I think he would have found a way to go beyond it. To go beyond what we do now. And would have talked everyone into it. He would have talked everyone into doing what he needed them to do. I've looked at all the footage from the moment the camera gets turned on to the moment camera gets turned off, and it's like Kevyn's home videos.

And then there was the personal stuff. There were hundreds of hours of birthdays and Disney World and hanging out and being goofy and dressing up in drag. And then for me, just to be watching a randomly labeled tape—it didn't say, "Going to see my birth mother for the first time." To see it happening, it was like, oh my god, you are meeting your birth mother for the first time, and you shot it.

How did you discover this trove of tapes existed?

I knew Kevyn when he was alive. I was doing a documentary series about people in fashion, and I spent time with him and would shoot with him at his apartment in New York and while he was doing the book Making Faces. I went with him to Lousiana and met his family while I was there and formed a relationship with his dad. And when Kevyn passed away, I, like so many people, was very sad and shocked. And after that I felt strongly compelled that I needed to bring his story to the world, to tell it to everyone. As I began that journey, somebody said to me, "You know, there's all these tapes." I remembered, when I was with him, he was shooting me while I was shooting him. When we went to Louisiana, he got the key to the city from the mayor, and I'm looking at the footage that he shot of that and there I am. He had a big party when he started writing his column in Allure, and I was shooting that party. And then I'm looking at his footage and there I am, asking Janet Jackson a question.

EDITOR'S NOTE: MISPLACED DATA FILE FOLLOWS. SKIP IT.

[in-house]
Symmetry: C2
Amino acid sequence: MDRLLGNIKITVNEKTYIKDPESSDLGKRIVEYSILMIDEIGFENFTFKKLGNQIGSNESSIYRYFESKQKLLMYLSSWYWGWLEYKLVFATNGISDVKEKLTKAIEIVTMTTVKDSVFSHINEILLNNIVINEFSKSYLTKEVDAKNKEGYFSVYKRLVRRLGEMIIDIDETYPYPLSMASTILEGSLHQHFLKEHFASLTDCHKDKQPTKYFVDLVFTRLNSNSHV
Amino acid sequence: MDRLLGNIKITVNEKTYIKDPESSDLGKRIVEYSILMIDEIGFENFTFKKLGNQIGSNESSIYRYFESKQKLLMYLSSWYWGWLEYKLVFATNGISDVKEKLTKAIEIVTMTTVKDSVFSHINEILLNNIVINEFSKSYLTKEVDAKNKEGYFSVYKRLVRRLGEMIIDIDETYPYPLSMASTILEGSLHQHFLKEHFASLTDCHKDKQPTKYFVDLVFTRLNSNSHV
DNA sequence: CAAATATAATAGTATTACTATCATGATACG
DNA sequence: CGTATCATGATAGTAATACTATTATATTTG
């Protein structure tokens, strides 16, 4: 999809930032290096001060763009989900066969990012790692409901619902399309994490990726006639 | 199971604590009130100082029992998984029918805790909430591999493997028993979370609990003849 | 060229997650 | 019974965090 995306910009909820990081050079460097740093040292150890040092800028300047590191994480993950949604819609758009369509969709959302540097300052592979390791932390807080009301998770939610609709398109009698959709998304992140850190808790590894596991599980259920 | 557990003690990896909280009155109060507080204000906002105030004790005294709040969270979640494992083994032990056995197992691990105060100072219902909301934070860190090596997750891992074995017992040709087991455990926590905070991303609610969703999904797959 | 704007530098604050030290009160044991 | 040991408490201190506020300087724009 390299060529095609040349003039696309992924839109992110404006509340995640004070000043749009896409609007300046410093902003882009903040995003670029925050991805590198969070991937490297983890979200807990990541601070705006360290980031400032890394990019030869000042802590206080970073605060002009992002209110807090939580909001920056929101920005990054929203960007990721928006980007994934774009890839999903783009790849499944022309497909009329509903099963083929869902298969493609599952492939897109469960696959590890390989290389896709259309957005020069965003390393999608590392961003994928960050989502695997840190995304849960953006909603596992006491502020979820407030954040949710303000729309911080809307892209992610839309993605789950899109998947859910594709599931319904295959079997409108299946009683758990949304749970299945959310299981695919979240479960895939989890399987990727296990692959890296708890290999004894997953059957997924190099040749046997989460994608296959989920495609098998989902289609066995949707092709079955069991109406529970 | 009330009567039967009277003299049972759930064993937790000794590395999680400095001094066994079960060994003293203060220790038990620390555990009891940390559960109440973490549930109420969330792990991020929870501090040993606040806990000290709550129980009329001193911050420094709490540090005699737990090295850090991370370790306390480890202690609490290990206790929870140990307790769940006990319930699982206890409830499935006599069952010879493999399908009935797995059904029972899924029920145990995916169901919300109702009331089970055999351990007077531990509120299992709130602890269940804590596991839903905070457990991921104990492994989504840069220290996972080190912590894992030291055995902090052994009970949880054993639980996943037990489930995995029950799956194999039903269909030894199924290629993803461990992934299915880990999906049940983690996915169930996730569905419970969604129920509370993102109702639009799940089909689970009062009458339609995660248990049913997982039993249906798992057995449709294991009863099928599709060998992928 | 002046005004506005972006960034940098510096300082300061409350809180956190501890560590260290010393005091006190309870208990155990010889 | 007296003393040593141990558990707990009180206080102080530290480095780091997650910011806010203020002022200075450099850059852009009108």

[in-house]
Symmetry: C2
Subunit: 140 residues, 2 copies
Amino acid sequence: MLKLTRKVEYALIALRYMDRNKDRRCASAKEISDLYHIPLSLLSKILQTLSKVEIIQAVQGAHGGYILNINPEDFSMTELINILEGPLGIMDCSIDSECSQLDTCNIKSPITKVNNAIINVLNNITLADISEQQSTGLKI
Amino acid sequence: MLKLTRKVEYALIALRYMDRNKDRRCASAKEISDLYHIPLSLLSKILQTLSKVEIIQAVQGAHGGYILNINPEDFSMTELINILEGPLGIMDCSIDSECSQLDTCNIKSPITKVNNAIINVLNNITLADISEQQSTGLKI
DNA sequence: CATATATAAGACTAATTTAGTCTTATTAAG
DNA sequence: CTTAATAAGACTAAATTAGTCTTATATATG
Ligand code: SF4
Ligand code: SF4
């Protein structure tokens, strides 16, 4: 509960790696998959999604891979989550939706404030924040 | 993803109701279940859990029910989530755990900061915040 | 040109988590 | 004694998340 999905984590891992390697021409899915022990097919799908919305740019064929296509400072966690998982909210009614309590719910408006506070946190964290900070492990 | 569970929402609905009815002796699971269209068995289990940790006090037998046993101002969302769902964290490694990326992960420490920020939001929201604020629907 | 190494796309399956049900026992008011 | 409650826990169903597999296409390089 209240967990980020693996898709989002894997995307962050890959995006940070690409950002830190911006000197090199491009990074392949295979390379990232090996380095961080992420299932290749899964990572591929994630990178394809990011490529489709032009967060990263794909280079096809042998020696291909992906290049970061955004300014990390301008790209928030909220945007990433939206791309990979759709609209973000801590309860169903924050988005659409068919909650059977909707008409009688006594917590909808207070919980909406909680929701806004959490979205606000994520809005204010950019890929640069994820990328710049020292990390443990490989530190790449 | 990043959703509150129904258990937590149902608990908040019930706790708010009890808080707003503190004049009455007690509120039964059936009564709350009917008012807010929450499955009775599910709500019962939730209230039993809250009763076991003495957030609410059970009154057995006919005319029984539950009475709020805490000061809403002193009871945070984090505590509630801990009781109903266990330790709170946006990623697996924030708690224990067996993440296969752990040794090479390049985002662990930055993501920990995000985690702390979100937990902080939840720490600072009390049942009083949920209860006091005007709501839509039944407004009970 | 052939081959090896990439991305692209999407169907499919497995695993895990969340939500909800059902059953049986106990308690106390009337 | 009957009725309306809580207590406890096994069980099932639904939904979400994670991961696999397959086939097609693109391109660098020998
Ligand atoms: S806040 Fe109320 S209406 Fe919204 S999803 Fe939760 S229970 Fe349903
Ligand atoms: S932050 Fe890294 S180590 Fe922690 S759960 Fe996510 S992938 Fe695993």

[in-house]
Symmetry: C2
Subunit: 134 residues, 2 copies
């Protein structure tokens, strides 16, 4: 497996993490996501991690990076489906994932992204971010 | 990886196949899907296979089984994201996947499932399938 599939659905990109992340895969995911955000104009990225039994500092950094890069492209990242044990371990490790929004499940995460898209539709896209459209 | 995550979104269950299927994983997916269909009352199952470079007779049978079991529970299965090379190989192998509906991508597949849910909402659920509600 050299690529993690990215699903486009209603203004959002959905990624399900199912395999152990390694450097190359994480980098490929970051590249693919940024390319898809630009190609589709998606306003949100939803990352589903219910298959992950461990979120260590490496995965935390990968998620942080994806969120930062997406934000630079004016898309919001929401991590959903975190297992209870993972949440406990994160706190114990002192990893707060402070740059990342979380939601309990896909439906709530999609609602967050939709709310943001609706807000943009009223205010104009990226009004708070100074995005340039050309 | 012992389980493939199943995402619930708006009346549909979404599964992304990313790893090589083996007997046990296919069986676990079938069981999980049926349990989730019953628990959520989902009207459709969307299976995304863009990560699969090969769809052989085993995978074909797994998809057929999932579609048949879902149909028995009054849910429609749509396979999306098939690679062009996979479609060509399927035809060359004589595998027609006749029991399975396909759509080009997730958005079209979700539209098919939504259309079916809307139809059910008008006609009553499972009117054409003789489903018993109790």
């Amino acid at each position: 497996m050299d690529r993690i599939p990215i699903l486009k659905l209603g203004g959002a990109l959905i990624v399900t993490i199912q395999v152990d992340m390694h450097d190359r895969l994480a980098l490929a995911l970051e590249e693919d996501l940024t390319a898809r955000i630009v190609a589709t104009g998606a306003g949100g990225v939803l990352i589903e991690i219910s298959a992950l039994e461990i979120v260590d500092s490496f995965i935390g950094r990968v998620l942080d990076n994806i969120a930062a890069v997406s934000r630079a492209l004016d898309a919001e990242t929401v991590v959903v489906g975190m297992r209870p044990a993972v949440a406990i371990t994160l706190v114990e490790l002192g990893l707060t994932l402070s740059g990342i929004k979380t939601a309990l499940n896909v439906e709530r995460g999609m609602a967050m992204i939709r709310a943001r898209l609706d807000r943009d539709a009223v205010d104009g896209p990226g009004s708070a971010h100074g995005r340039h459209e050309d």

It was tucked away in storage and when I saw what was there…I wasn't prepared for what it was. Hundreds of High 8 tapes, hundreds of little DV tapes, and then those tiny answering machine tapes. Randomly labeled: Liza, Linda, Naomi, Disney World. I went online and I went on eBay and I bought an old High 8 tape recorder and started to play it back and look at what was there. There's so much footage, it's like, what do I do with all this? There's no way to know what's in there unless you sit down and watch it and make a log of every tape that exists and know that footage backwards and forwards. And there's hundreds of hours.

Kevyn is a famous figure, and his story is fairly well-known. How did you decide to structure the documentary, and what did you decide to focus on?

Kevyn was never quiet or shy about his story of being so horribly abused and bullied growing up, and having to quit high school and coming to New York. So that part, in many ways, was a given. It's something we have to explore and share with people who may not know about it.